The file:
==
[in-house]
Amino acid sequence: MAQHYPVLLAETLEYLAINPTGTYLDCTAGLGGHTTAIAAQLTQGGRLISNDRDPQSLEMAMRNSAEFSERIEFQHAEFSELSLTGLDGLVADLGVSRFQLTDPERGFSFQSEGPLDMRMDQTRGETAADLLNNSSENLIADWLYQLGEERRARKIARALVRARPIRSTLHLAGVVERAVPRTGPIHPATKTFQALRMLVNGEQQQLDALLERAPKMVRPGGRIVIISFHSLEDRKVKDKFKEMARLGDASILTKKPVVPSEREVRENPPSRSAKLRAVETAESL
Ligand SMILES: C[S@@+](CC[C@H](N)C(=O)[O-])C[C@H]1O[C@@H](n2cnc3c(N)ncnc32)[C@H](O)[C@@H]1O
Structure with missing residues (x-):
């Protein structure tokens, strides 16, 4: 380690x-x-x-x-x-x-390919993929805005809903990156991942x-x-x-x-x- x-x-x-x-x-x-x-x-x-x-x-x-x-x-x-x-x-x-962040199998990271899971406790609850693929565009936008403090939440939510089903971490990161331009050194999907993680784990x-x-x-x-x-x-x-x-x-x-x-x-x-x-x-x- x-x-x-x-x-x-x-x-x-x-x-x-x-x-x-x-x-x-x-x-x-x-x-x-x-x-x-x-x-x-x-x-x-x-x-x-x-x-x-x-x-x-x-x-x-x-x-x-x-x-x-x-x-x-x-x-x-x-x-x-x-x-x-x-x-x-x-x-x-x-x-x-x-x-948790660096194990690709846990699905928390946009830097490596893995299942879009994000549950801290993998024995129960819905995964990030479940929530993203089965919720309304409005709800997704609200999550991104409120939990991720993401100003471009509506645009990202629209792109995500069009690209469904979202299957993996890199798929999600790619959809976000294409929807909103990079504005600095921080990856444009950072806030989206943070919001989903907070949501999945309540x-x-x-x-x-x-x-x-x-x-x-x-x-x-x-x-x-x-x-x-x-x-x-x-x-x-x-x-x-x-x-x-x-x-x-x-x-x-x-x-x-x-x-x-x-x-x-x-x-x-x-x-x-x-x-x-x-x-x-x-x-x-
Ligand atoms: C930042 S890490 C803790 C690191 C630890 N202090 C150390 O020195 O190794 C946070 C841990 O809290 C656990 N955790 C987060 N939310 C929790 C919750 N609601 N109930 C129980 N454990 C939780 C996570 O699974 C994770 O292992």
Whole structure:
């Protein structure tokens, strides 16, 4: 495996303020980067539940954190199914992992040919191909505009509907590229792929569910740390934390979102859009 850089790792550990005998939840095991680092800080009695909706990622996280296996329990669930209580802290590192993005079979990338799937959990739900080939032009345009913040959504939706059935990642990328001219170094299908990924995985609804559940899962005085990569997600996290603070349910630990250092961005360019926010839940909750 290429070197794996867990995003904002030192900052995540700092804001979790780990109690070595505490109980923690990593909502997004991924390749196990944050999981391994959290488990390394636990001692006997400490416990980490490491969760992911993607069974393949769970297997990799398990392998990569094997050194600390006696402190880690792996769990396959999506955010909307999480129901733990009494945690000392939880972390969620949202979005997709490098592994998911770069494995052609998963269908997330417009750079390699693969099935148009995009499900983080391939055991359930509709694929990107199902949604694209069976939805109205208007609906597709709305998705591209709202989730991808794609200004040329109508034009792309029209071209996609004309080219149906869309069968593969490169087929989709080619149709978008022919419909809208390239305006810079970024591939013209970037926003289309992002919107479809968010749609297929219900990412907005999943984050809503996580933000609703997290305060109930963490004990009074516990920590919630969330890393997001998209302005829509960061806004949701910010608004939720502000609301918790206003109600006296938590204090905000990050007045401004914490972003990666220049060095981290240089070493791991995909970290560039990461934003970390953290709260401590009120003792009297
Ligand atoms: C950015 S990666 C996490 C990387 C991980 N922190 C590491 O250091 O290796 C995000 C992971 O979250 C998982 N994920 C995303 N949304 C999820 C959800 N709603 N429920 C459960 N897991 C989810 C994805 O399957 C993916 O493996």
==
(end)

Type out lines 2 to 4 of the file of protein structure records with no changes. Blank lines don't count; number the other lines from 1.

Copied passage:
Amino acid sequence: MAQHYPVLLAETLEYLAINPTGTYLDCTAGLGGHTTAIAAQLTQGGRLISNDRDPQSLEMAMRNSAEFSERIEFQHAEFSELSLTGLDGLVADLGVSRFQLTDPERGFSFQSEGPLDMRMDQTRGETAADLLNNSSENLIADWLYQLGEERRARKIARALVRARPIRSTLHLAGVVERAVPRTGPIHPATKTFQALRMLVNGEQQQLDALLERAPKMVRPGGRIVIISFHSLEDRKVKDKFKEMARLGDASILTKKPVVPSEREVRENPPSRSAKLRAVETAESL
Ligand SMILES: C[S@@+](CC[C@H](N)C(=O)[O-])C[C@H]1O[C@@H](n2cnc3c(N)ncnc32)[C@H](O)[C@@H]1O
Structure with missing residues (x-):